Absolutely, I'd tell you to wear the gear, but I understand where you are coming from at the same time - One of my pet gripes is the question of how many injuries are caused by protective gear that gets in the way, causes one to be clumsy, or interferes with vision, etc. I take a sort of middle ground... I wear glasses, and I've had a difficult time finding goggles etc. that don't fog up or make my glasses fog up in a minute or two... Sorry, IMHO if I can't see, I'm not safe... So when I get glasses, I get BIG lenses, and have them made from hard surface polycarb - but I don't do OSHA specs as they weigh to much for comfort. I don't usually wear a respirator when doing wood work, but will when I'm emptying out the ashes in the wood stove. I have gotten more and more into the PPE gear, in part because I've gotten fussier and been able to find stuff that fits better.
The other thing that I feel is a factor is the saying that gets ignored by a lot of people "The dose makes the poison" - There is a lot of difference between an occasional exposure on a small scale, and doing it daily for a living. I am going to suffer a lot less damage from cutting an occasional peice of plywood or even cement board w/o a respirator than a carpenter that is doing the same thing 40 hours a week... However the safety people tend not to make that difference...
Ddes anyone know anything about USG "Fiber Rock" underlayment, i.e., is it suitable for a tile backer under a wood stove? Thanks,
Just looked it up - their Submittal sheet #F102 for it on the
FibeRock web page says it shouldn't be exposed to sustained temps over 125*F so I would say it is NOT suitable.
Durock Cement board IS specifically listed for the application however.
I'm also working on hearth rebuild issues....did some research and found a ceramic product on McMaster (it's all java, I don't know how to link it). Take a look and feedback.
* Temperature Range: -425° to +2300° F
* Heat Flow Rate (K-factor): 1/16" and 1/8" Thick., 0.71 Btu/hr. x in./sq. ft. @ 800° F; 1/4" Thick., 0.57 Btu/hr. x in./sq. ft. @ 800° F
* Density: 6-9 lbs./cu. ft.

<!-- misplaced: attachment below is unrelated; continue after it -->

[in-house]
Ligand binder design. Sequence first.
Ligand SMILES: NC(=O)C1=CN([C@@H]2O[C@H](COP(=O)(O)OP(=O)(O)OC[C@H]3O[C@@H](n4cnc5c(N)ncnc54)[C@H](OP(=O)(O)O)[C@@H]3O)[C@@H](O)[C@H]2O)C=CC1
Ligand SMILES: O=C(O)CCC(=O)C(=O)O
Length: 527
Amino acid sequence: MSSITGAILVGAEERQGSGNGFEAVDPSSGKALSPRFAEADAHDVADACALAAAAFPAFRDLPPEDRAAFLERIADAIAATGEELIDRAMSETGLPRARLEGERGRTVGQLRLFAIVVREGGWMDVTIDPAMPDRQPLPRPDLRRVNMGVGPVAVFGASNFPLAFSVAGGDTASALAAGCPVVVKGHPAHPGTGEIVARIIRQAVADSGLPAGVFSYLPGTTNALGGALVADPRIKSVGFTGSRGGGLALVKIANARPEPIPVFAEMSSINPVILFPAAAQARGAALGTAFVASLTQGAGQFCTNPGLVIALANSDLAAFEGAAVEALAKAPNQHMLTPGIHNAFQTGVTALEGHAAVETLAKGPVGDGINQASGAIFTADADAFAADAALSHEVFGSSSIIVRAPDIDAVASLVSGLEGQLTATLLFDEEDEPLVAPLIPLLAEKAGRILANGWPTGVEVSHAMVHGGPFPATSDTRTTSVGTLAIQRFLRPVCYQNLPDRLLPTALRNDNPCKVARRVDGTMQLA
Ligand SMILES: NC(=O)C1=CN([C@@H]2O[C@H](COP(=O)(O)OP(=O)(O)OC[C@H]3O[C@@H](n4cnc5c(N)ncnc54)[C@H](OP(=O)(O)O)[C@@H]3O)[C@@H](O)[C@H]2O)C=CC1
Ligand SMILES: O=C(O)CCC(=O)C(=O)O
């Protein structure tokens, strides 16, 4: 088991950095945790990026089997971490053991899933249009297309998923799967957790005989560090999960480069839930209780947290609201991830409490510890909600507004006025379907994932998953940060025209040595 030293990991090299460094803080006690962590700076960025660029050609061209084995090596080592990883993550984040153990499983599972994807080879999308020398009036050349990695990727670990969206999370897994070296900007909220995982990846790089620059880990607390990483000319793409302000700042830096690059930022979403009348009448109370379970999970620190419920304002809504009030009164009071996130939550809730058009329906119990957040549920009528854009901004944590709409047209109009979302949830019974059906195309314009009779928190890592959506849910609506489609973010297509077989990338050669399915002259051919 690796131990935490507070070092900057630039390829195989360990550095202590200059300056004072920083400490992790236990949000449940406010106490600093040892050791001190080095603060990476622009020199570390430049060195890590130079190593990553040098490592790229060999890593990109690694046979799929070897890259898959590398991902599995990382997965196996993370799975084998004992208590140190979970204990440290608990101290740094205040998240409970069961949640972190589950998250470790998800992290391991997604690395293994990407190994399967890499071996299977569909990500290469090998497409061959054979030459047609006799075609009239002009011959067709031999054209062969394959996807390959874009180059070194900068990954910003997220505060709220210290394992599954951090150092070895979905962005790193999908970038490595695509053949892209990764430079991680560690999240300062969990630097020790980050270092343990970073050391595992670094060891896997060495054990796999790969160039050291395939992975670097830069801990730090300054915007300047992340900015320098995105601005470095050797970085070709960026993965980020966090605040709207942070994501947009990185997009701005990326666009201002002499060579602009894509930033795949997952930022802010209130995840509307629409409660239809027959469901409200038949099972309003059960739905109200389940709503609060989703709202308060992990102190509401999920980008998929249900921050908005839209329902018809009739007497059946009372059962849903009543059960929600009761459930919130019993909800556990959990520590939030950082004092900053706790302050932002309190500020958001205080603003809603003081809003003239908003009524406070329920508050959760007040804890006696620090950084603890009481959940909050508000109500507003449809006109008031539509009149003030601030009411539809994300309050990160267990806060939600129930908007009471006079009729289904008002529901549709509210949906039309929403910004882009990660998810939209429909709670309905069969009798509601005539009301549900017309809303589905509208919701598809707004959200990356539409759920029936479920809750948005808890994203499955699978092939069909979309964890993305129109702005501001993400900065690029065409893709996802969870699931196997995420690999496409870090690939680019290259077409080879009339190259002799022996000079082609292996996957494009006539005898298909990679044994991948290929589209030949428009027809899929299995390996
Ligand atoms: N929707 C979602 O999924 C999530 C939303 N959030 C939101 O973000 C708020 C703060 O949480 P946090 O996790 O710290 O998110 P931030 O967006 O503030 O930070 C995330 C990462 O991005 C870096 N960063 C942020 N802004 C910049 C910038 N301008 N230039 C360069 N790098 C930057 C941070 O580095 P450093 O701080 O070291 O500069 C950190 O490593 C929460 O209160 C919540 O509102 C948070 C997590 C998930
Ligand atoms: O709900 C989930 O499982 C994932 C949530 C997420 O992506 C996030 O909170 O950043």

* Color: White
This alumina silica ceramic fiber is ideal for both high- and low-temperature applications. If exposed to oil or water, it isn't permanently affected—its thermal and physical properties restore after drying.
Thick. 6" x 100 ft. 12" x 50 ft. 24" x 25 ft. Each
1/16" 93285K22 93285K24 93285K26 $65.13
1/8" 93285K42 93285K44 93285K46 113.63
1/4" 93285K62 93285K64 93285K66 235.39
6" x 20 ft. 12" x 10 ft. 24" x 5 ft.
1/8" 93285K12 93285K15 93285K18 $28.52
Certainly pricier than durock, but the size is enough to do a couplefew layers on a typical size hearth....low K's, for sure. Are the K's listed for 1"? or for the respective thickness? I don't know If they are, you're getting R of 1.40 for the 1/16 and 1/8 (@800F!) and R=1.75 for the 1/4". If it's per inch ratings, they're not good at all (R's of .08 on the 1/16, .16 on the 1/8, .43 on the 1/4) . The problems I see: they don't say specifically that it's fireproof, but alumina-silica should be unless they use an organic binder or something...2300F is a lot to ask for anything organic so I doubt it. It's also hard to say how compressible it is...spacers or high hats would fix that, though.
Just throw up the link...... http://www.mcmaster.com/
and the page
page..3382 (For info)
I use alot of cement board in my trade perhaps way to much....durock is considered the best in the construction trade but remember all of them have styrofoam lil balls in it
Well if Durock uses styrofoam in it's makeup, it's in bits to small to see, and it isn't mentioned in ANY of the documentation that I've seen... The only product of the cement boards that I've looked at which CLEARLY uses styrofoam is Permabase - you can see the beads, they are mentioned in the product documentation, and is the reason why I was told by the Permabase tech support people that it is "Not non-combustible" (love those double negatives :smirk: )